The Picture from the Past – Paul Halter (1995)

picturefromthepastIt’s been about a year since I first jumped into reading Paul Halter, and I’ve already made my way halfway through the Locked Room International translations of his work.  It’s been hard to drag it out this long – every book has been a direct injection of exactly what I’m looking for in an impossible crime novel.  That isn’t to say that they all work out in the end (I’m looking at you, The Invisible Circle), but every story has been a rush of endorphins.

There’s one Halter title that’s always struck my curiosity – The Picture from the Past.  This could just be me, but it seems to be the book that flies under the radar.  You have the ones that everyone raves about – The Demon of Dartmoor, Death Invites You, The Madman’s Room, etc, etc.  You have the ones that people tend to criticize – The Vampire Tree, The Seven Wonders of Crime, maybe The Lord of Misrule.  And then you have this weird little guy – The Picture from the Past.  I rarely see it come up in reviews or conversation.

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Death’s Old Sweet Song – Jonathan Stagge (1946)

deathsoldsweetsongBecause death’s old sweet song, keeps Georgia on my mind…

Ok, well, it doesn’t quite go like that.  The song referenced in the title of Jonathan Stagg’s Death’s Old Sweet Song is much more obscure by my standards – Green Grow the Rushes, O, an English folk song that I’ve never heard of in my life.  It’s one of those songs where I listen to it the first time thinking “why on earth is this song even notable?” and then find it oddly sticking around in my head a few hours later.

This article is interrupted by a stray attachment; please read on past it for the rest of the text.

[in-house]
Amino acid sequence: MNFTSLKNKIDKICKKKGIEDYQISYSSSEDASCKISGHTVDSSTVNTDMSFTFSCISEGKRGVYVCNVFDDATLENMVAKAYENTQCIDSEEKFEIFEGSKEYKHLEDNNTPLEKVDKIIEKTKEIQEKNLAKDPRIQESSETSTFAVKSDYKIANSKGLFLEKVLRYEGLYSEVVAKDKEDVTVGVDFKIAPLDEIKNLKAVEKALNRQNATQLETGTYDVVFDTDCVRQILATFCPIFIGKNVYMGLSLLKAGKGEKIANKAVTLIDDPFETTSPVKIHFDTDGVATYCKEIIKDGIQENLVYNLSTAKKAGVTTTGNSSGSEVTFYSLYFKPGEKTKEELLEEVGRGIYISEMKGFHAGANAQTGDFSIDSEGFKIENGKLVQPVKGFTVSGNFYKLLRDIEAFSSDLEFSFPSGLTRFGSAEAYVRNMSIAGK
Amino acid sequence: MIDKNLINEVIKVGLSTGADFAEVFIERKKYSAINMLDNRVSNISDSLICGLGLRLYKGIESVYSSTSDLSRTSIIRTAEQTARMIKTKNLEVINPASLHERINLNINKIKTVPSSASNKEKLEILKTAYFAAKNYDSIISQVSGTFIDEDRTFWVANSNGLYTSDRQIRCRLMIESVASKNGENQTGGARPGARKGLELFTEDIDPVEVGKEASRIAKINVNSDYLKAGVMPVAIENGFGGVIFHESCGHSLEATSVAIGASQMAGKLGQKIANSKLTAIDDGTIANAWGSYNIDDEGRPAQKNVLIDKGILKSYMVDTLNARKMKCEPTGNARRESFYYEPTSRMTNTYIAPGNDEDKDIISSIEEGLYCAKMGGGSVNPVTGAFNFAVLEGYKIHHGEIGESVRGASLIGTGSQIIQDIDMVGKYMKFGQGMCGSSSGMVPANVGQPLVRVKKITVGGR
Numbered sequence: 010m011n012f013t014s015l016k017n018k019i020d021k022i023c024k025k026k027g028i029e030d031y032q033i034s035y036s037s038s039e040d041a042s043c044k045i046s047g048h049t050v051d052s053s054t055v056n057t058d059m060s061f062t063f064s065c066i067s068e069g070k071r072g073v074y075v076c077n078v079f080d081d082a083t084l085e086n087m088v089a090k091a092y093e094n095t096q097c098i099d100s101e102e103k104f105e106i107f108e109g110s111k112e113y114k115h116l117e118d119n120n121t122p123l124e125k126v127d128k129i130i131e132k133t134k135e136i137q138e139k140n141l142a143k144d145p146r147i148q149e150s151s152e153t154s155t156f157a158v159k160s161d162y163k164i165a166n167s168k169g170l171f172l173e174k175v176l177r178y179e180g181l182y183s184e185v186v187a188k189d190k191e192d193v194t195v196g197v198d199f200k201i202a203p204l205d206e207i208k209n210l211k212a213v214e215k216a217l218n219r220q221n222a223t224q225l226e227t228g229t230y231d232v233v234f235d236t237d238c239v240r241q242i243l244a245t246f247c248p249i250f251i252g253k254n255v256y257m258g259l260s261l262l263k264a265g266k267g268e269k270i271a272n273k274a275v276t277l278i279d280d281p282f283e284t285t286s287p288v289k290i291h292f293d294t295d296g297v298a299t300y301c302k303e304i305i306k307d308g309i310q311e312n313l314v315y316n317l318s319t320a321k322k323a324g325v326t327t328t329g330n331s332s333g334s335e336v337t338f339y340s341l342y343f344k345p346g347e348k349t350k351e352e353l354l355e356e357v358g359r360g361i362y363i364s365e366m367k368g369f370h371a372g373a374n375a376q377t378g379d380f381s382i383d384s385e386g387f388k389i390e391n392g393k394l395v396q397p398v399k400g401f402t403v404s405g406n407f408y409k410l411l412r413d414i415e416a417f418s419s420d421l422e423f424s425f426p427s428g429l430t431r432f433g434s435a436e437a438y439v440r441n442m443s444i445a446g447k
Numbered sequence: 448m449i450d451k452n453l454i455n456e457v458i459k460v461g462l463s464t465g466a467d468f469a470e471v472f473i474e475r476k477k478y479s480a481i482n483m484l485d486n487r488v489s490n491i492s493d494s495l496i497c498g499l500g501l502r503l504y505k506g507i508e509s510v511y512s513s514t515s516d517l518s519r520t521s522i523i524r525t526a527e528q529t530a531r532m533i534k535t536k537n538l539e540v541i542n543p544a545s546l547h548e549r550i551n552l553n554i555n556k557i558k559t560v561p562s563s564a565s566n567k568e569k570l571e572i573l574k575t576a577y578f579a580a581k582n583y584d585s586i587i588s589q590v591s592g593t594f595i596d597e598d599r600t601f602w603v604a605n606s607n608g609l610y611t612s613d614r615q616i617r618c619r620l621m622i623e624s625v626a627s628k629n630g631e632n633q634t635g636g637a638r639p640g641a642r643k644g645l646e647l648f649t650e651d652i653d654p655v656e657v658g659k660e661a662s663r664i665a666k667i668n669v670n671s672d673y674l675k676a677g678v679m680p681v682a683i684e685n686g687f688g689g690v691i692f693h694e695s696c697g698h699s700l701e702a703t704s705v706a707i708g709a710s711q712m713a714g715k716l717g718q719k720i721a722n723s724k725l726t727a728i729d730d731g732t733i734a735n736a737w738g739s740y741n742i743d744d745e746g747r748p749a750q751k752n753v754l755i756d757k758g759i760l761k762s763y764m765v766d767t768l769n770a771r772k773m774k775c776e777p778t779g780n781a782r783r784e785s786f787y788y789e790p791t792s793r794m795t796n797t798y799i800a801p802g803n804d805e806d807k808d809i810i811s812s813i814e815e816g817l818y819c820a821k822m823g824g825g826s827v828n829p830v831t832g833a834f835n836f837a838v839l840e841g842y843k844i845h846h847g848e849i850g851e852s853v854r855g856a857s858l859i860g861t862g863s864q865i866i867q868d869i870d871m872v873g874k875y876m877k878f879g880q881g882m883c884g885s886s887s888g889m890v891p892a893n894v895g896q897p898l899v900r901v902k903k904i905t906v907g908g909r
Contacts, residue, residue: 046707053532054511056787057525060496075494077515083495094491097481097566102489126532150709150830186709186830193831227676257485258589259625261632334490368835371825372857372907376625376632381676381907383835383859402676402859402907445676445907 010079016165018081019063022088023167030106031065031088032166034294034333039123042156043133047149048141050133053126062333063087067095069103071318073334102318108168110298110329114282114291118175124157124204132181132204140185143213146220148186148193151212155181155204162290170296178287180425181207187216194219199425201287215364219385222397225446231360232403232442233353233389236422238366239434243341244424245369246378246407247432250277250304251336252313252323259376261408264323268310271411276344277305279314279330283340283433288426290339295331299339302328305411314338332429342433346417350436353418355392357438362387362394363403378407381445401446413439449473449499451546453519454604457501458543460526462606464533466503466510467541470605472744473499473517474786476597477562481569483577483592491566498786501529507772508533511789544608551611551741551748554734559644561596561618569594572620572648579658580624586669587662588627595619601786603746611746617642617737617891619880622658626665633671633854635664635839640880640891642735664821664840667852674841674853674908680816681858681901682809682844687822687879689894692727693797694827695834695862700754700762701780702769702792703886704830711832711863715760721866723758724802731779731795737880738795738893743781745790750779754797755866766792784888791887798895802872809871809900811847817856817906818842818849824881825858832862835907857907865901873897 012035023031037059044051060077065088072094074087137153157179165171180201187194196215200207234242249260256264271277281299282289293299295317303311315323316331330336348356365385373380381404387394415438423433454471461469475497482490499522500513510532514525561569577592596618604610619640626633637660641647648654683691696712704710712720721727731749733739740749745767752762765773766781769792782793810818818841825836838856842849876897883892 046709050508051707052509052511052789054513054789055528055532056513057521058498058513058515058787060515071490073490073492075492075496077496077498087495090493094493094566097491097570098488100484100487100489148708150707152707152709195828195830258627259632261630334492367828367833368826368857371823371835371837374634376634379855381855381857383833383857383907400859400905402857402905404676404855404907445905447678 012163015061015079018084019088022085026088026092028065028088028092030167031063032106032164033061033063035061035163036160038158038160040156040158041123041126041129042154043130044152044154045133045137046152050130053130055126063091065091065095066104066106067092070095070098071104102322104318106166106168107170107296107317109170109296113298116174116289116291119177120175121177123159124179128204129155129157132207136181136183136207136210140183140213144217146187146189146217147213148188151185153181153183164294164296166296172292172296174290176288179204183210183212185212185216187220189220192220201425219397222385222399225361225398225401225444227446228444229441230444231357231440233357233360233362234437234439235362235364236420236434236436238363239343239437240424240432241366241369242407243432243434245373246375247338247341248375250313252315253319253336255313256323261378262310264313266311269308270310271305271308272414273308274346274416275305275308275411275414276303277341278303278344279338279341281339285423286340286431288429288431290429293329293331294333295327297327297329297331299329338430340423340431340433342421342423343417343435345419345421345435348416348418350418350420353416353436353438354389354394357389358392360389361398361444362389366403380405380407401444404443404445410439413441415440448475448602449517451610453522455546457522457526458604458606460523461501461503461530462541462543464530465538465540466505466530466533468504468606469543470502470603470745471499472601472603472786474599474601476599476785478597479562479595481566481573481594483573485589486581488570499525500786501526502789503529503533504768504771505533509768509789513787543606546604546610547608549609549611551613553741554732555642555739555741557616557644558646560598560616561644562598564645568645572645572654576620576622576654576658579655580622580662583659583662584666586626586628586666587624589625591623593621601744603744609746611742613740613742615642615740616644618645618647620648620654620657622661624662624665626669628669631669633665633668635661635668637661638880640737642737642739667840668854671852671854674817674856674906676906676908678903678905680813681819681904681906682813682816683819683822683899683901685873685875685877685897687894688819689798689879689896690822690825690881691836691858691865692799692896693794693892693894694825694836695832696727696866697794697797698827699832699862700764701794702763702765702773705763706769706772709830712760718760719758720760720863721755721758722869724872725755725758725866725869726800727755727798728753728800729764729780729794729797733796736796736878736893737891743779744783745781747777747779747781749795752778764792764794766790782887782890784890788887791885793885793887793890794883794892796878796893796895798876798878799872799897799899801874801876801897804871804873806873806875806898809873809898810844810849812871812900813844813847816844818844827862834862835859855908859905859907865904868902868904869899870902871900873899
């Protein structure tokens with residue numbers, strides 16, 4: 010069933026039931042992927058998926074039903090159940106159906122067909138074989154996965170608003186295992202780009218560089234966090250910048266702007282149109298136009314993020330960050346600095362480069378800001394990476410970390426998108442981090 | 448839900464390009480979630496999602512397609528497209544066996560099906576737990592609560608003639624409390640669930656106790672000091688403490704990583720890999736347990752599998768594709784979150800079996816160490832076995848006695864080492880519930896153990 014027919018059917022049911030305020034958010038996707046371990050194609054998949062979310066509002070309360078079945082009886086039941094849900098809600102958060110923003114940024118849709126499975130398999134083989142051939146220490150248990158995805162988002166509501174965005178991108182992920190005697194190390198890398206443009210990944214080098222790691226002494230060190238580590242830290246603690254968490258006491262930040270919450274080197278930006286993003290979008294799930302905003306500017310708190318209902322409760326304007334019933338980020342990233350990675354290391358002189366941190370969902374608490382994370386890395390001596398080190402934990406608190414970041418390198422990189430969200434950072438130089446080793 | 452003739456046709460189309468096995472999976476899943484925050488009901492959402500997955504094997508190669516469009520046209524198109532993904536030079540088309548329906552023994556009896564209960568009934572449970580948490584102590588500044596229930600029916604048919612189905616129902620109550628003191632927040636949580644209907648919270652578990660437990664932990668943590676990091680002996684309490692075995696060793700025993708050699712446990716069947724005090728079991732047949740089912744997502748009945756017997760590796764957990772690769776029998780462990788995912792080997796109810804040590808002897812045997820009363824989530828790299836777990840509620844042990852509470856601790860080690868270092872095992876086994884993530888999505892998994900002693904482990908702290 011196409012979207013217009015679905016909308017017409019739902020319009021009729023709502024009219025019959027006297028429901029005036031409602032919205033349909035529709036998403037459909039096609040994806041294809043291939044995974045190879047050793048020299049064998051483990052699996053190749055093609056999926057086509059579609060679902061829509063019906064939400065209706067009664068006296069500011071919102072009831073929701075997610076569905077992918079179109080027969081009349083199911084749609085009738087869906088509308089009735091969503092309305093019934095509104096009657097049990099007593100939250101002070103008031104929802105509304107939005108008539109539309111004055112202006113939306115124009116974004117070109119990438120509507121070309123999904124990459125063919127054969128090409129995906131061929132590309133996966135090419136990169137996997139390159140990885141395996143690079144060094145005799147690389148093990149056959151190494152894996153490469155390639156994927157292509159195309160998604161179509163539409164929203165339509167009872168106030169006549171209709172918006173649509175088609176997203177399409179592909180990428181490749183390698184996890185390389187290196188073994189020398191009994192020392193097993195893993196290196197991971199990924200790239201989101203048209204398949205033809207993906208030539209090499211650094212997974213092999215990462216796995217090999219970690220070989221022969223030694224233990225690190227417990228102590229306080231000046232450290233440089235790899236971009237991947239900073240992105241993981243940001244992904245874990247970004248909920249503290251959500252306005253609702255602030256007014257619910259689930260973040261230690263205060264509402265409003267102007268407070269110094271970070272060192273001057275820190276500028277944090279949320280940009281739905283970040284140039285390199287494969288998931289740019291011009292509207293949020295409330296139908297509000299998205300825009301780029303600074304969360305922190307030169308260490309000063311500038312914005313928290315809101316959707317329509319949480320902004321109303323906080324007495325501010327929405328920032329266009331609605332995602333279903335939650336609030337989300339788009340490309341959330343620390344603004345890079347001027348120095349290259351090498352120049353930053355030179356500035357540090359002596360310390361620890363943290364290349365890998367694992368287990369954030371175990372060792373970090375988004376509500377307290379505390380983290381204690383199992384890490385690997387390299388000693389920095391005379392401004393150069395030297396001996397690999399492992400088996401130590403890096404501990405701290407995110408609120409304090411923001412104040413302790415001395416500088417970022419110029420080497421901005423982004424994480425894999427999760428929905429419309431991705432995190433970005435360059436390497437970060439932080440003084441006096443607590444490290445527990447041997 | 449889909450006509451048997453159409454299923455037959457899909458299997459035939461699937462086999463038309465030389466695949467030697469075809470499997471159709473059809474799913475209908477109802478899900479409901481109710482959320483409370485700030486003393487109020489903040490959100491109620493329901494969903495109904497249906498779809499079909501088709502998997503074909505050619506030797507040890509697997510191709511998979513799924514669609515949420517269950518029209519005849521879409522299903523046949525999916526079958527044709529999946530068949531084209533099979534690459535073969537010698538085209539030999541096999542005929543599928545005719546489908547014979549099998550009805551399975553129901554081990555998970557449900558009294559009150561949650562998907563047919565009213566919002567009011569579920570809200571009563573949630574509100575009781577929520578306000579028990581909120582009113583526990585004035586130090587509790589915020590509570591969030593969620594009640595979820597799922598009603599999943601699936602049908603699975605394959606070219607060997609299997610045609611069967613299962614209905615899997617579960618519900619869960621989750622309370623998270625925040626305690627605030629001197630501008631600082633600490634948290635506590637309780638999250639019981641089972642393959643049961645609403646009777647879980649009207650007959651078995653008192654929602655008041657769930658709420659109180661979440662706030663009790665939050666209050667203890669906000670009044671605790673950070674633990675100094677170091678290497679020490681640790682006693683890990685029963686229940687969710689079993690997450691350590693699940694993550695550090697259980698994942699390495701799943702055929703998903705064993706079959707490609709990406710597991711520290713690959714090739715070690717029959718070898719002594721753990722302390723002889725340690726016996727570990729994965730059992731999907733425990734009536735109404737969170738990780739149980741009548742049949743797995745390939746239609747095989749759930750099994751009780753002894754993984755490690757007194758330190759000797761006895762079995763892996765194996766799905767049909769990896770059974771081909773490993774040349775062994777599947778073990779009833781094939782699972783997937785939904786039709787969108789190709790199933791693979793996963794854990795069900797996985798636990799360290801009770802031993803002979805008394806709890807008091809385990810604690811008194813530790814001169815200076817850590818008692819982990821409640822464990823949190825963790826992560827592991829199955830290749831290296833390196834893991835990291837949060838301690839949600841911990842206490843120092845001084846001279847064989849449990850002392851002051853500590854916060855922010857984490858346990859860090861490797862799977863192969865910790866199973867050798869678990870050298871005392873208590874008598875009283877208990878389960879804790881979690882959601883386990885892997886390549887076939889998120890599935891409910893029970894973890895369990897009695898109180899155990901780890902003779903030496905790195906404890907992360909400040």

The song is cumulative in each verse, similar to The Twelve Days of Christmas.  It plays into the novel in that each verse is associated with a murder victim, a la And Then There Were None.  In this case we get “the lily white boys clothed all in green”, “the rivals”, “the gospel makers”, and so on.  Suffice to say, Death’s Old Sweet Song has quite the body count…

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Death Has Deep Roots – Michael Gilbert (1951)

deathhasdeeprootsMy first encounter with Michael Gilbert was the excellent WW2 impossible crime novel, The Danger Within.  Seeking out more of his work, I was naturally drawn to Death Has Deep Roots by the gorgeous cover of the Dell edition that I happened to stumble on.  It seemed to be a fortunate find – Death Has Deep Roots is the book that preceded The Danger Within, and is itself preceded by another of Gilbert’s most lauded novels – Smallbone Deceased.  Perhaps I had found myself in a solid run of Gilbert’s mystery catalog.

Let’s be clear – Death Has Deep Roots is not an impossible crime novel.  Nor is it the type of GAD mystery that you’d usually find me covering on this site.  I’d say that a mystery lurks beneath the surface, but isn’t quite true.  Instead, the mystery is the surface, and a very different tale lurks beneath.

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The Mysterious Affair at Styles – Agatha Christie (1920)

MysteriousAffairAtStylesAm I the only one with an odd bias towards the early works of prolific authors?  Not a bias in that I don’t like the books after I read them, but in that I assume they won’t be that good before I read them.  Well, it’s probably just me, so let me explain this quirk of mine.

Say that an author published four mystery novels and then disappeared into the depths of history.  I wouldn’t pay any mind to whether I was reading their first, third, or last novel.  But now let’s say that author published 30+ novels…  Well, the first few were obviously them finding their voice so they couldn’t be any good… right?

I had that sort of assumption in my head when I approached John Dickson Carr’s first novel, It Walks By Night.  In reading it, I was absolutely shocked that his prose were as rich as ever, his plotting much the same, and his impossibilities as crafty as they come.  Of course, it seemed silly in retrospect – it’s not like Carr dragged his knuckles through several volumes of garbage before he hit pay dirt.  That isn’t to say that he didn’t evolve over time, but even his earliest work featured that spark that I knew and loved in his wider library.